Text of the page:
A hearing involving a fired state employee that could have involved testimony from top state officials Tuesday has been postponed.
No new date has been set in the unemployment compensation hearing for a state worker who was fired for allegedly falsifying her level of income in order to receive emergency food benefits under a federal program. As part of the employee’s defense, attorney Rich Rochlin had levied subpoenas on top state officials, including Gov. Dannel P. Malloy, his chief legal counsel, Andrew McDonald, and his social services commissioner, Roderick Bremby, among others.
Rochlin said that he needed the chance to question Malloy and other top officials in order to gain necessary details about the firing of state employees who received benefits following Tropical Storm Irene. Overall, 27 state employees have been fired. In addition, 10 have retired, and another five have resigned in order to avoid the long process of hearings and arbitration in order to get their jobs back.
McDonald publicly questioned whether Rochlin had any legal or factual basis to question Malloy about the firings. Rochlin, though, continued to press on and began negotiations with the attorney general’s office – which represents state agencies – about the subpoenas. Those talks are continuing.
“The AG’s office contacted me. We couldn’t come to an agreement,” Rochlin said Monday. “They didn’t see the relevance to Malloy and Bremby. They wanted to ask the hearing officer if it was relevant. I think it’s relevant. If the state puts something on, I wanted to have those witnesses available to me. They were trying to work it out with me. Very cordial. Very professional.’’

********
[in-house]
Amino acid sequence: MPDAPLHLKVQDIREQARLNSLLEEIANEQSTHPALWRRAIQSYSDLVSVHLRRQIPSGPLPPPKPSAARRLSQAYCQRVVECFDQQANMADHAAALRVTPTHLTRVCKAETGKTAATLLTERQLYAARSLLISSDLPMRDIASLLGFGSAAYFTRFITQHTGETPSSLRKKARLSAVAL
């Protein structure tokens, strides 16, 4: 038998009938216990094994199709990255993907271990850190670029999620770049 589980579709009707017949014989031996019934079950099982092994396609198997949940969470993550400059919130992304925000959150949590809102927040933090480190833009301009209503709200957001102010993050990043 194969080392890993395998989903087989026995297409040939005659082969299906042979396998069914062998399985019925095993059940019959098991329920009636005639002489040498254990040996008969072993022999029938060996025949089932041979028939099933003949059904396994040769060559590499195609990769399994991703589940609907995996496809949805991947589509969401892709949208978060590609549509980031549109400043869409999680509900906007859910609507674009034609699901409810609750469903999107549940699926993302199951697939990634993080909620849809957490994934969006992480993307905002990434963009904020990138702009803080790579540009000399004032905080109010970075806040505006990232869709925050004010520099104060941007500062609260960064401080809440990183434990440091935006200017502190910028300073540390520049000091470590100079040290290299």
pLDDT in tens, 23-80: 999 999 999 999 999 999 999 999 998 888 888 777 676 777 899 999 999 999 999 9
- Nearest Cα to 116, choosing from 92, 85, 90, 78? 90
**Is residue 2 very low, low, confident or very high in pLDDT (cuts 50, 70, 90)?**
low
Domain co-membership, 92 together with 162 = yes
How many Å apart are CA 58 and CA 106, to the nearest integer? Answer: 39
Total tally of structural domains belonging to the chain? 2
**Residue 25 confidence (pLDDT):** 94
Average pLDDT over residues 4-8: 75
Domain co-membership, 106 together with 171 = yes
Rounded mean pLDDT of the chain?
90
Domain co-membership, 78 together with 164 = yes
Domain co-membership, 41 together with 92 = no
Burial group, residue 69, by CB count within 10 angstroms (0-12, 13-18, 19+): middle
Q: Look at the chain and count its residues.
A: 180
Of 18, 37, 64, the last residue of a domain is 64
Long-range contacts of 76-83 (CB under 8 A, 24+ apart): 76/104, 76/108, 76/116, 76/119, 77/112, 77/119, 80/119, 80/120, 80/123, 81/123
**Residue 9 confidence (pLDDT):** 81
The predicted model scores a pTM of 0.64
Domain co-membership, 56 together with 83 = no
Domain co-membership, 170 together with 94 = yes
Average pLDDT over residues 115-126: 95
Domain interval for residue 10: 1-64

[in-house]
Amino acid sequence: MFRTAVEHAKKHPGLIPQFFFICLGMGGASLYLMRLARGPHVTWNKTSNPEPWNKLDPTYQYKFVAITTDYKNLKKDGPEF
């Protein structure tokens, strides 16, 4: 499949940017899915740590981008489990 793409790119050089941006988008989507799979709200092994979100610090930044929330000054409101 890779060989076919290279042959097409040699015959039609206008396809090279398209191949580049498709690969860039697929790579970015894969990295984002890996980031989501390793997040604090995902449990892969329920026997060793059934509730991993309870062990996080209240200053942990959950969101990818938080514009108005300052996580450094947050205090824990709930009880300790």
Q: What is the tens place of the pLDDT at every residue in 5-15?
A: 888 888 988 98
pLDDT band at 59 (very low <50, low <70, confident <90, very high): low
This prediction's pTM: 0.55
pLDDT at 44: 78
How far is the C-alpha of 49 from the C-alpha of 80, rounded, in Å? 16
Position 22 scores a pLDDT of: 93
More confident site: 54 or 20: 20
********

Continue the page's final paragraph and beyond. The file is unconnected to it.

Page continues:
Since the hearing was postponed, Rochlin will now have to re-issue subpoenas for all of Malloy’s top officials because the subpoenas were narrowly drawn for a specific hearing in Hartford on Tuesday. The hearing involves a union employee at the state Department of Mental Health and Addiction Services.
Susan Kinsman, a spokeswoman for the attorney general’s office, said the state officials who had received the subpoenas had not asked for the postponement.
The hearing could be rescheduled within the next 10 days.